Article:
Peace In Our Bummernacht

Merry Zappadan, 2018, to all good people of all lanes and neighborhoods of the winding and ever-expanding universe of all things Zappa. How, pray tell, are things in the orbit of Zappa today?

Well, first, we are sad to report that Frank Zappa has still stopped refusing to die. It is truly impossible to believe that 25 years have passed since his time experiencing and feeding into the conceptual continuity ended. It is somewhat obligatory for me to explain to you what we are doing here in this thing called “Zappadan”: It is a time of remembrance for our mustachioed hero, from the day of his death, Dec. 4, through the day of his birth, Dec. 21. Now we remember him all other days, too, because the concept is continual, my fellow freaks. But this here, this is a time to really flex your Zappa.

Now. What else happened via Zappa stuff in the year 2018?

If you dig vinyl, 2018 was a year for re-releases! Lumpy Gravy! Trout Mask Replica! Burnt Weenie Sandwich! Chunga’s Revenge! All re-released on yummy vinyl!

The big news in 2018, though, was a long-awaited AZ/DZ detente!

As announced by Dweezil in May:

Recently, we Zappa siblings (Diva, Ahmet and Dweezil) got together with the goal of resolving our differences. Once we sat down and actually listened to one another, we found a much greater understanding of each other’s intentions.  We regret that our communication broke down and that things were misconstrued. It may be a bumpy road at times – we are a passionate Italian family – but we have decided to work toward privately discussing issues rather than using public forums and lawyers.

We are hopeful that if any of our father’s fans have felt conflicted, they can join us in the peace of our resolution.  With our best feet forward, we are moving ahead and will faithfully deliver much more of our father’s indefinable brilliance, also known as the “World’s Finest Optional Entertainment.”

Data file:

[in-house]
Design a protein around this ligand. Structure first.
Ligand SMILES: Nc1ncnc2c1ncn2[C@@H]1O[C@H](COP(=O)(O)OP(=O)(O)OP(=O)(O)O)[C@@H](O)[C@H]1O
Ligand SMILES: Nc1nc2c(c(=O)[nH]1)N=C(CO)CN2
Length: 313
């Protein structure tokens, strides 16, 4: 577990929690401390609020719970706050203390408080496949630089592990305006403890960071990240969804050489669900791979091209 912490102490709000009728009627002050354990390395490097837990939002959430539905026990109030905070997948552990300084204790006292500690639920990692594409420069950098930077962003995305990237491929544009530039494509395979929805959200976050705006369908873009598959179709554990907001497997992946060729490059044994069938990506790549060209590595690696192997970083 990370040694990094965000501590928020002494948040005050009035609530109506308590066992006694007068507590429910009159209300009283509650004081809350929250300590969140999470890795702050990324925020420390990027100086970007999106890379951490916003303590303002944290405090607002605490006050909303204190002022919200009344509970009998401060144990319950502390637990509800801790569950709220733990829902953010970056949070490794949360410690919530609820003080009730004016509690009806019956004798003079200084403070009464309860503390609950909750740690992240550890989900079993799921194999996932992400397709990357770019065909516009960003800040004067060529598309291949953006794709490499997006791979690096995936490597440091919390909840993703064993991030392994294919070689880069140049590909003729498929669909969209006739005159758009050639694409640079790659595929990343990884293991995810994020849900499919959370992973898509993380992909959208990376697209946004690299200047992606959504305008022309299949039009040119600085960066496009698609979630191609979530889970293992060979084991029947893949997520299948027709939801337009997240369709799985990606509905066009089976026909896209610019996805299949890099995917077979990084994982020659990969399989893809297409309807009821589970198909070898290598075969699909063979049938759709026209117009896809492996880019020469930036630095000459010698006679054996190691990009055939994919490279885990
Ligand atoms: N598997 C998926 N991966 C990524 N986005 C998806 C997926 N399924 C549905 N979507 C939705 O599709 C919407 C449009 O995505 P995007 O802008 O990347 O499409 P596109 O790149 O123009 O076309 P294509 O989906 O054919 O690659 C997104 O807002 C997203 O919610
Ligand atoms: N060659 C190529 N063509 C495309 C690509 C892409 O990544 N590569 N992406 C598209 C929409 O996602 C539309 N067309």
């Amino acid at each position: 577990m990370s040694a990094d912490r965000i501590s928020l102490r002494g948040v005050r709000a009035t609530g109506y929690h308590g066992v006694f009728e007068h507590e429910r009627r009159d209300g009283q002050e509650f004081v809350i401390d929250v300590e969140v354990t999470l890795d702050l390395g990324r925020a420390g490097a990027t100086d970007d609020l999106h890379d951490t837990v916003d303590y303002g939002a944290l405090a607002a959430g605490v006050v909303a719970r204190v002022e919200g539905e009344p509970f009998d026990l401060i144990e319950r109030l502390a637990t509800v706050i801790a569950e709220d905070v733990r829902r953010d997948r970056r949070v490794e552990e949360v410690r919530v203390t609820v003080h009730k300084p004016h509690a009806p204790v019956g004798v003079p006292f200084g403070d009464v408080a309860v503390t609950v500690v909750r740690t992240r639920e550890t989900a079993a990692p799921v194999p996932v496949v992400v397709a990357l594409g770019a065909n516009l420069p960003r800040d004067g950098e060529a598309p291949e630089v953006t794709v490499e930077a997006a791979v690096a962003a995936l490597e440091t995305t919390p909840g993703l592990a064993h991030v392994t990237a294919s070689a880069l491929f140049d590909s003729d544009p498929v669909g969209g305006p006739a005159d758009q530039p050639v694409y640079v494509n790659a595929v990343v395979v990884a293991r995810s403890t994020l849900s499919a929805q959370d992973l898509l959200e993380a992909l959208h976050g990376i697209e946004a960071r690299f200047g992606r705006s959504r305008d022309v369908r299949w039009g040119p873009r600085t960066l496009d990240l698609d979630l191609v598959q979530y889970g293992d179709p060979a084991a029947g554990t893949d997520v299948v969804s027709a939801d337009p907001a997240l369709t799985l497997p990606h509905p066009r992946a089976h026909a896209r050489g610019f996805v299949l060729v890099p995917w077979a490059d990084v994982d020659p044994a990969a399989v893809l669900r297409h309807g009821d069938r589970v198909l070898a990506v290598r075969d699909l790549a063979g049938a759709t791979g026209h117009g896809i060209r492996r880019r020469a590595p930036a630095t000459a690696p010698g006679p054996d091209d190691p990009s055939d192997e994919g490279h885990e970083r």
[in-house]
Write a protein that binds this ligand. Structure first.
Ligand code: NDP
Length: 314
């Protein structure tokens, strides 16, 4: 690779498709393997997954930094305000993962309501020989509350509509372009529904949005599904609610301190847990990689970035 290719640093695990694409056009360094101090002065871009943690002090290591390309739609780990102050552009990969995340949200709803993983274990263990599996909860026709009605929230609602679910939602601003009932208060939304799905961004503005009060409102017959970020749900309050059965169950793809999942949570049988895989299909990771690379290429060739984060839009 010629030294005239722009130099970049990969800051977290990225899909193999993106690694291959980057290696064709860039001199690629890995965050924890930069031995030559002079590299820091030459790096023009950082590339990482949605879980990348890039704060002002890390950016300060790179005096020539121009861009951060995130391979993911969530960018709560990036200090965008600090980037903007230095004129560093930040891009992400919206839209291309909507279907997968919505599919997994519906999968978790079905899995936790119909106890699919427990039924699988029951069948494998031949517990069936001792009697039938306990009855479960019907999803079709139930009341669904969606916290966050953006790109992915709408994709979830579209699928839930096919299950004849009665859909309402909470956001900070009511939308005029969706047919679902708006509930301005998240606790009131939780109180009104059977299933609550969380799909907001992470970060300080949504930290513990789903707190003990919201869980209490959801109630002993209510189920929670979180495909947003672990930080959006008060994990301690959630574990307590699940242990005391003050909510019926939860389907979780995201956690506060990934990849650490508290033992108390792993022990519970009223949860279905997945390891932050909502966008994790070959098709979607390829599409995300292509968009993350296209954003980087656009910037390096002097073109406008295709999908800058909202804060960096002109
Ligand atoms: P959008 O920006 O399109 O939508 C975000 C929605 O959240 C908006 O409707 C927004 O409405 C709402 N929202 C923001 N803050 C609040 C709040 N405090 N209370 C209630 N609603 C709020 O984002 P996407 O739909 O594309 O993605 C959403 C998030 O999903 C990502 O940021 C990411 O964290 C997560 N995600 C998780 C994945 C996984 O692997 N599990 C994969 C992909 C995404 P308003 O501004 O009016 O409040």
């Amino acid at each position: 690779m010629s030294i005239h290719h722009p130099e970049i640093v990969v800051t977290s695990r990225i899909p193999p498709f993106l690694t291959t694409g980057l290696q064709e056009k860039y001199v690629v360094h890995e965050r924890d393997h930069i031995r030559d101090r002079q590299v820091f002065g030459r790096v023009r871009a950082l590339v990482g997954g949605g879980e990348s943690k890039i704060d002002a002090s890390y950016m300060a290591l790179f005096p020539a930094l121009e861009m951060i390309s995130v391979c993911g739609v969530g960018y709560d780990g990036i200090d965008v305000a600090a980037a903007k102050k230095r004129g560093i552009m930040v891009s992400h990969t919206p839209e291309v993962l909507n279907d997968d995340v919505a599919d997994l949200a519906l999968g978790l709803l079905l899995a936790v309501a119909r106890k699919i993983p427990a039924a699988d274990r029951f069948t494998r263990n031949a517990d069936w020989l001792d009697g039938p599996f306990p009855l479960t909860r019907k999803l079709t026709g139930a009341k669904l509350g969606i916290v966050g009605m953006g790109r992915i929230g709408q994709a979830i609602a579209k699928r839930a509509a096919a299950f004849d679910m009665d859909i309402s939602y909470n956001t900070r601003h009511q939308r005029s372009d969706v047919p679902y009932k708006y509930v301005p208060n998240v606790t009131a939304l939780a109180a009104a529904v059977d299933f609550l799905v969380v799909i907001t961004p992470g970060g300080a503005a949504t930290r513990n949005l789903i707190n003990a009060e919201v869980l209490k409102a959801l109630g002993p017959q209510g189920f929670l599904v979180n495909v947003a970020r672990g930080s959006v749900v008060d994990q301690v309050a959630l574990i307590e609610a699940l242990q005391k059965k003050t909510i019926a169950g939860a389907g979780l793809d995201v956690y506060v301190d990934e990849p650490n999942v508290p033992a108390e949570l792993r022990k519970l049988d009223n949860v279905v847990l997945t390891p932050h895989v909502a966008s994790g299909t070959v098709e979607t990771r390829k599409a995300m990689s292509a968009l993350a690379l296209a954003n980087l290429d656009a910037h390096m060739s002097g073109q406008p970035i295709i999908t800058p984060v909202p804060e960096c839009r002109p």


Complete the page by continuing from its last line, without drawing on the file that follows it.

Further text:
That sounds good to me. May it lead to many more years of Zappa Plays Zappa and other notions.

Reference: Inside the Zappa Family Feud (Rolling Stone)

In the meantime, here at the AITWK, we’re going to be talking about a vital year in Mother-dom: 1968. Fifty years ago. We’re Only In It For The Money. Lumpy Gravy. Cruisin’ with Ruben and the Jets. And me. All born in that fabulous year.

Oh, we will be talking about these albums. And more stuff as well.

But enough of my yakkin’. What do ya say? Let’s boogie!

God Schmod, I Want My Alexa Watch

I am rocking an iPhone 5. 

Not an iPhone 5S. An iPhone 5. All good Apple dorks know what that means. 

It means I am one consonant away from eligibility for updates. It means my iPhone will be on OS 10.3.3 FOREVER. It means my iPhone is no longer supported by Apple. And while Apple was nice enough to include support for its Airpods with my ancient phone, an iPhone 5 will not support an Apple Watch. (That support also requires support for at least iOS 11, only available on 5S or higher). 

So I was excited last year with the introduction of the iPhone X, but I was nonplussed by the price point. And so I instead had the battery replaced, which fixed the real issue I was facing with the phone, that the battery was draining every 15 minutes. After that, the phone was fine. 

So I watched the rollout in September with interest and was glad to see the iPhone XR address the price point. But I still don’t think I’m budging, not  until this phone tells me it just plain won’t let me look at Facebook any longer. 

Why am I hesitant? Because. Much of my motivation of wanting the upgrade is the Apple Watch. Except this one thing: I don’t like Siri.